Fed Chair Yellen's Speech Hampers Deregulation Hopes
Her commentary threw cold water on any ideas for a return to the laissez-faire approach of the early 2000s.
In a speech at the Federal Reserve’s annual Jackson Hole symposium, Fed chair Janet Yellen reviewed the events leading up to the 2008-09 financial crisis and summarized post-financial-crisis regulations. She argued that the benefits of a stronger financial system outweigh the additional costs introduced by new regulation--a view with which we tend to agree. Furthermore, the need for broad post-crisis regulatory changes--including lower leverage, higher liquidity, regular stress testing, more stable funding, and reduction of counterparty risk--was indisputable after the near failure of the global financial system. Yellen acknowledged that regulation is a work in progress and seemed receptive to marginal changes, but her commentary threw cold water on hopes for a return to the laissez-faire approach of the early 2000s. We don’t expect major changes to the regulatory environment or bank profitability levels in the near term.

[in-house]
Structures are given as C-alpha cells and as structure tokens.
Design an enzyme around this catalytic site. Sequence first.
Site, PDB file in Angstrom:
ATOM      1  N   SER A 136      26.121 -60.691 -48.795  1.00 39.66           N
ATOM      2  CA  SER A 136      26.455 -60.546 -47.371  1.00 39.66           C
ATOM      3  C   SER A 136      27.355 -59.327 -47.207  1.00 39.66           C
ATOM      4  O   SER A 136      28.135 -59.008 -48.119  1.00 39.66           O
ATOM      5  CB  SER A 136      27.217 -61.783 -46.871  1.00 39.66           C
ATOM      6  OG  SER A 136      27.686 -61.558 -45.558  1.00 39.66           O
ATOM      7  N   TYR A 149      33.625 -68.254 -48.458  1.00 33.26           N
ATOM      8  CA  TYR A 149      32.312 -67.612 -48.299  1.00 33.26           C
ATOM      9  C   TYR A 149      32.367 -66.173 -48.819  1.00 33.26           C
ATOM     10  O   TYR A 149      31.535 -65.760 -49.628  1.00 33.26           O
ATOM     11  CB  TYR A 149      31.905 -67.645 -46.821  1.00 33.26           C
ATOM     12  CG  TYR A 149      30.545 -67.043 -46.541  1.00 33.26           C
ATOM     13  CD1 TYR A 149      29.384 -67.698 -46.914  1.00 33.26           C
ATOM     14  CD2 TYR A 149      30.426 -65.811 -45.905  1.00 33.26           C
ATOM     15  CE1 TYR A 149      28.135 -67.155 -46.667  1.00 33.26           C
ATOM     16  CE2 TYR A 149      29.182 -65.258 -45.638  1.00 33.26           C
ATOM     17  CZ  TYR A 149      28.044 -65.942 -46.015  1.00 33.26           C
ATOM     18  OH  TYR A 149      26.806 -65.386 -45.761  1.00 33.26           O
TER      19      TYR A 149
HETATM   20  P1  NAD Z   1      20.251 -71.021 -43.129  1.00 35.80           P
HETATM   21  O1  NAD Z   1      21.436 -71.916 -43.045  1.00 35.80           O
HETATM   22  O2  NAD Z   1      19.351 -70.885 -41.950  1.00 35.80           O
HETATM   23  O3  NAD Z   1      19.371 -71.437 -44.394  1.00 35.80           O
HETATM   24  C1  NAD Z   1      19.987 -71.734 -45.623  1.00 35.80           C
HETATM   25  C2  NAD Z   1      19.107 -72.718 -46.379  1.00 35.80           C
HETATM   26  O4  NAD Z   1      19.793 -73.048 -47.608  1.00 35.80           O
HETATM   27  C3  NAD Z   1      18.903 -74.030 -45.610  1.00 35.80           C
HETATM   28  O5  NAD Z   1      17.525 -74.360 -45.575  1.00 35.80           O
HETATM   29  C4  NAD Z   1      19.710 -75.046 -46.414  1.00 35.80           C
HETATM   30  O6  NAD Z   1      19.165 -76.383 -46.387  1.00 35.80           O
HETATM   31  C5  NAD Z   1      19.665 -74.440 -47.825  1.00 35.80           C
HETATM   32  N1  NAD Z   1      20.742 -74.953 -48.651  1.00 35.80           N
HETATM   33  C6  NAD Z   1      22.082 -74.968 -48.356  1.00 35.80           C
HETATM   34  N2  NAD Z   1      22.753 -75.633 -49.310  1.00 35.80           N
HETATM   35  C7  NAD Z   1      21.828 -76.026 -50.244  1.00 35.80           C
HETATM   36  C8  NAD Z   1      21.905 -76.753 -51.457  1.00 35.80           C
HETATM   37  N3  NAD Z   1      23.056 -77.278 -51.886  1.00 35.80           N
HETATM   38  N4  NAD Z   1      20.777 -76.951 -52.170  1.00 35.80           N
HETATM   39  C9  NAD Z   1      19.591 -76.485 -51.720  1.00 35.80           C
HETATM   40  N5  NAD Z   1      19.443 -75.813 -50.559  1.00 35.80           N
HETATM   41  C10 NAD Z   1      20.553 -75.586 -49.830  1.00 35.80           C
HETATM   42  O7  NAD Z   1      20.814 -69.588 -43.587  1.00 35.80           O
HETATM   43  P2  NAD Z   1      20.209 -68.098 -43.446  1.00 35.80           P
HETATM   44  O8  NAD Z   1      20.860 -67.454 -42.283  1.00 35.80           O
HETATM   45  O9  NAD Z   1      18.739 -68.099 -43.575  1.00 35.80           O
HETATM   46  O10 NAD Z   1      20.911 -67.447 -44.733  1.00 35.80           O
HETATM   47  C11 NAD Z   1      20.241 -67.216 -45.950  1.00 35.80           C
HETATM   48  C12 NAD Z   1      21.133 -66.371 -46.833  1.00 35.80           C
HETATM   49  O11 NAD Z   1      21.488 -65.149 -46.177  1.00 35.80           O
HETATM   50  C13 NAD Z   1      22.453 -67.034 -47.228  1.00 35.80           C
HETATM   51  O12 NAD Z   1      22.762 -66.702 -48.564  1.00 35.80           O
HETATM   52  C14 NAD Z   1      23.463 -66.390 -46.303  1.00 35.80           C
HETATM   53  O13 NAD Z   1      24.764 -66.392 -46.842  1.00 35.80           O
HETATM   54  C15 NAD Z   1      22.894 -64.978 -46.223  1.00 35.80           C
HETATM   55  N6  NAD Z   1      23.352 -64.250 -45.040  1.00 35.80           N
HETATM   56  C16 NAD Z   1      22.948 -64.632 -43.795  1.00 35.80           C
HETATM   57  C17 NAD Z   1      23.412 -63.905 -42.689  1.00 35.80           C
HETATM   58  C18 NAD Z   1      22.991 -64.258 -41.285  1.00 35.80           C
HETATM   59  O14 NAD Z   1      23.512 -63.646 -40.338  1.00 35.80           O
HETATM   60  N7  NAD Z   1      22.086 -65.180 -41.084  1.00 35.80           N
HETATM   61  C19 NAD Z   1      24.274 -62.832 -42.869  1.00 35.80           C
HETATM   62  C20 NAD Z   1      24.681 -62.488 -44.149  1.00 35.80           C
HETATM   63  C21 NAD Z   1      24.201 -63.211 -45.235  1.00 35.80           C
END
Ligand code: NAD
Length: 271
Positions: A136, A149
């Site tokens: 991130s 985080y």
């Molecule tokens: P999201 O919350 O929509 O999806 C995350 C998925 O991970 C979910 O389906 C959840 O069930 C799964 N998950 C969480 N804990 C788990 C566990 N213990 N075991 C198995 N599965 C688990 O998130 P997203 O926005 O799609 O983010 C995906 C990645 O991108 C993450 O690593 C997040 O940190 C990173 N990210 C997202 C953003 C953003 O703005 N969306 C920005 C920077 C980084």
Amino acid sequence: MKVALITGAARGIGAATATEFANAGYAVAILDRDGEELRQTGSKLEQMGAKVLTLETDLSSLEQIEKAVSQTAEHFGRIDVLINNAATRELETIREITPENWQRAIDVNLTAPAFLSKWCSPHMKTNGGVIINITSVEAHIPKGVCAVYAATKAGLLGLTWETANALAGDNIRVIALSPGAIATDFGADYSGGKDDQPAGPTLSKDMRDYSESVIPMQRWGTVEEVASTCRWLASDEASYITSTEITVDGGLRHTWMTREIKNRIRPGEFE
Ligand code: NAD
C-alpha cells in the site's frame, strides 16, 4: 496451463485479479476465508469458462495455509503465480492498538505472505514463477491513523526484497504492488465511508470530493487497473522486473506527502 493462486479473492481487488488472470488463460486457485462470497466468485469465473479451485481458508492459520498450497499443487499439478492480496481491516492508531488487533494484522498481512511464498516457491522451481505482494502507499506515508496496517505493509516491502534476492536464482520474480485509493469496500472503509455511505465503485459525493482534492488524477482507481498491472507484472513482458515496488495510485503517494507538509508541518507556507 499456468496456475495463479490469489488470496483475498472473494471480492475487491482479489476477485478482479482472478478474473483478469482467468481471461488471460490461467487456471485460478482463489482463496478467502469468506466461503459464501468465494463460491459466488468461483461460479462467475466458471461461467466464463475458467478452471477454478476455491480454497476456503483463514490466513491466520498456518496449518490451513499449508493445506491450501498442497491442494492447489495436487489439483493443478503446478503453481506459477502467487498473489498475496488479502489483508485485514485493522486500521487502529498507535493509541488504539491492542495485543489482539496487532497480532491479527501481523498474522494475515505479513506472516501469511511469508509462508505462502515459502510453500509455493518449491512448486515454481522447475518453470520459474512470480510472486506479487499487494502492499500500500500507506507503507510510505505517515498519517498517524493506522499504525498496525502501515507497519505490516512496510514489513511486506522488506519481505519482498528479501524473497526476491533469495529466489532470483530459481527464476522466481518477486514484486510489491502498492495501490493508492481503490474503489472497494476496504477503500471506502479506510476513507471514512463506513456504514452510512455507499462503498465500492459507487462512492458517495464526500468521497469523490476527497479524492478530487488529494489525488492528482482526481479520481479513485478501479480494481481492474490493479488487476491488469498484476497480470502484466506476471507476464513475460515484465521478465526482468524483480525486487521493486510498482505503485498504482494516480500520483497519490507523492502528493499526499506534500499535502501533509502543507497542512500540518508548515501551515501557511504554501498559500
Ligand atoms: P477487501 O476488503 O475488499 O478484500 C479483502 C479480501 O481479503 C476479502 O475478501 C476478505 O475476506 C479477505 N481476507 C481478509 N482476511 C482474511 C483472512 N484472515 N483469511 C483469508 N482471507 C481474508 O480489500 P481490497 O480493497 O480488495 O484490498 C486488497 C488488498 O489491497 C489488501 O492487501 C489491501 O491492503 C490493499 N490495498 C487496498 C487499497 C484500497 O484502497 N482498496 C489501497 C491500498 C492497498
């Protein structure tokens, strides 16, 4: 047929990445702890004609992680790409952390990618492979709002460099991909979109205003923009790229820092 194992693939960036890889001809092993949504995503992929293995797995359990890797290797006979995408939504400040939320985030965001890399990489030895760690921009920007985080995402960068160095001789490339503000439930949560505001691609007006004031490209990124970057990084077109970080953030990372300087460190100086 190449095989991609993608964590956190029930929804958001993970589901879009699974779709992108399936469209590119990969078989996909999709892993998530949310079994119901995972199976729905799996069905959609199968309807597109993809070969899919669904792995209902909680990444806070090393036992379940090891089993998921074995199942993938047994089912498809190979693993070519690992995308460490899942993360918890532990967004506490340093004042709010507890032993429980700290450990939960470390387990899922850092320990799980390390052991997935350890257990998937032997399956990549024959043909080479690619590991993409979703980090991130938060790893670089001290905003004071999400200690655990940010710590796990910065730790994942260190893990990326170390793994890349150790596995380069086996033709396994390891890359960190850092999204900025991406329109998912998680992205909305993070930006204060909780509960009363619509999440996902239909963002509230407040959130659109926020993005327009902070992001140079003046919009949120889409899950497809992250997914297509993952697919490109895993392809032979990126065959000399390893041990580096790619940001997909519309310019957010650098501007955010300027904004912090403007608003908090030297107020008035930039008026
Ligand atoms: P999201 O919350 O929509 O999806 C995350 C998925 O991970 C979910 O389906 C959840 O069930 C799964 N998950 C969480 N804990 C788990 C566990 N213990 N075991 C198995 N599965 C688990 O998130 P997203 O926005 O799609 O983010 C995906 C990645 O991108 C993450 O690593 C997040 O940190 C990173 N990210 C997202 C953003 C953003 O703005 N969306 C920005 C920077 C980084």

Though regulation has added costs and arguably depressed returns on equity in the banking sector, banks have also benefited. The fast and effective recapitalization of U.S. banks beginning in 2009 probably helped the country’s economy recover relatively quickly. New capital and liquidity requirements also reduced the cost of funding bank balance sheets; bank credit default swap spreads and borrowing costs are now a fraction of the levels reached at the height of the global financial crisis. This has undoubtedly boosted net interest margins.
Yellen highlighted two areas in which deregulation could be helpful. Credit standards remain very tight for low-end mortgage and small-business borrowers. The lack of credit availability in these areas seems to be a solvable problem, and one that would help bank profits as well as economic growth. Proposals affecting leverage or trading activity could receive the most coverage, but we’ll be paying the closest attention to moves that directly increase the availability of credit to marginal borrowers.
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